You were running late (surprise!), so I wrangled my active, grumpy toddler around the waiting room which does have toys and fish and books and other children, so it’s generally not too bad. He saw a little girl, probably about 4-5 months of age. “Baby!” he yelled delightedly, and ran offer to offer her some of his cheese. Embarrassed (but secretly a little proud too) I apologized to the baby’s mum. She laughed and didn’t mind. It was going OK. I can do this. I can handle the Mum stuff. I can not only handle it, but handle it well.
The nurse came out – “Dr I is running late, we’ll take his blood first”. Take his blood? No one told me this. But, OK, whatever, I do whatever medical professionals recommend, so we sat in the lab waiting room and I filled in forms while my son spilled his milk on the floor and stomped in it saying “Splash!” and my carefully cultivated exterior began to unravel a little. This year’s form asked tonnes of questions – 4 pages of them. ‘Does your child point when s/he needs something’. Yes. ‘Does your child smile back at you?’. All the time. ‘Does your child bring you things to show you. Not for help, just to share?’. Ummm… not sure. I don’t see him in the day much… He brings me presents… this morning at the park he brought me an ants nest [I chided myself for throwing it down in disgust] but no… never just to show me, only to give to me. Circle ‘no’.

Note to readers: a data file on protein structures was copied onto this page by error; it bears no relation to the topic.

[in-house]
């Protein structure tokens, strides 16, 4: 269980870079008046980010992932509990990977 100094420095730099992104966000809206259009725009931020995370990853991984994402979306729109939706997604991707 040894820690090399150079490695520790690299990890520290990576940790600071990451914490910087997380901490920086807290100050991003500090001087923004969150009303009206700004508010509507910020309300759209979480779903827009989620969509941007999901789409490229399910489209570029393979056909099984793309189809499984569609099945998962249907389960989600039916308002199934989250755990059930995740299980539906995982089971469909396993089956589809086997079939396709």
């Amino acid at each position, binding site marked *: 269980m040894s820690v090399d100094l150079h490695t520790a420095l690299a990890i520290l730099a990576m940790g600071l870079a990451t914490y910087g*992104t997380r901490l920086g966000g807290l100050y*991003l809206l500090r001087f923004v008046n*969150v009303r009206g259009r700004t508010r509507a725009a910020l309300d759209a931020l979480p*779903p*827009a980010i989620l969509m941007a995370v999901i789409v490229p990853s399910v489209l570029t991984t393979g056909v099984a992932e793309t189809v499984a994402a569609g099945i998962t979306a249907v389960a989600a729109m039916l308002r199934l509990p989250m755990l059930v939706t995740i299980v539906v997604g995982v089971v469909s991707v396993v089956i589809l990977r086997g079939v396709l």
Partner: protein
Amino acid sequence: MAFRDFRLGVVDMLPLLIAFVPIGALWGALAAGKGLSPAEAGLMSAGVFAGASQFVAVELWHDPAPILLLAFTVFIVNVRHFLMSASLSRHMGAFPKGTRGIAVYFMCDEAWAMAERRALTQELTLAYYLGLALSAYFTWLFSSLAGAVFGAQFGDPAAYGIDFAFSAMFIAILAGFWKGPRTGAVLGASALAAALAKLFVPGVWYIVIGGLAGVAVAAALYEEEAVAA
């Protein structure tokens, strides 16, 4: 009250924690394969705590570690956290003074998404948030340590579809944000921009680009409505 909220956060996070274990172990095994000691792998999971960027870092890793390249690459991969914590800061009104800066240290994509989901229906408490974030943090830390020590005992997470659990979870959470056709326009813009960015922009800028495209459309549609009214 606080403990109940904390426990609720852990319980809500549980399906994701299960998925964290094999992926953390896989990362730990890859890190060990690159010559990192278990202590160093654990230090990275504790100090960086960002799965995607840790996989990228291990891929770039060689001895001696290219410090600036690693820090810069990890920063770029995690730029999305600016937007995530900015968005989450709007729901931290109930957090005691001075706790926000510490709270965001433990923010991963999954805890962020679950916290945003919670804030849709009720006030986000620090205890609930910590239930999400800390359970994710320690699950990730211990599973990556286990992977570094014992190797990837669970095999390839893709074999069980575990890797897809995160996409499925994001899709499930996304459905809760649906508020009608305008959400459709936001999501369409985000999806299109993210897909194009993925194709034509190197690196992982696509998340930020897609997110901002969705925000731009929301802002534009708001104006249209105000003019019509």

‘When there is an unfamiliar sound or person in the room, does your child look to you?”. I can’t really remember an unfamiliar thing happening… I can recall when strangers come over for a visit and my son (who is somewhat shy) gets uncomfortable he runs over to me, and asks to be picked up or holds my leg. I think. It doesn’t happen often. I search the recesses of my mind and curse myself for not being able to recall such a situation. OK, no, I guess he doesn’t ‘look to me’, rather he runs over to me. OK, I’ll circle ‘no’.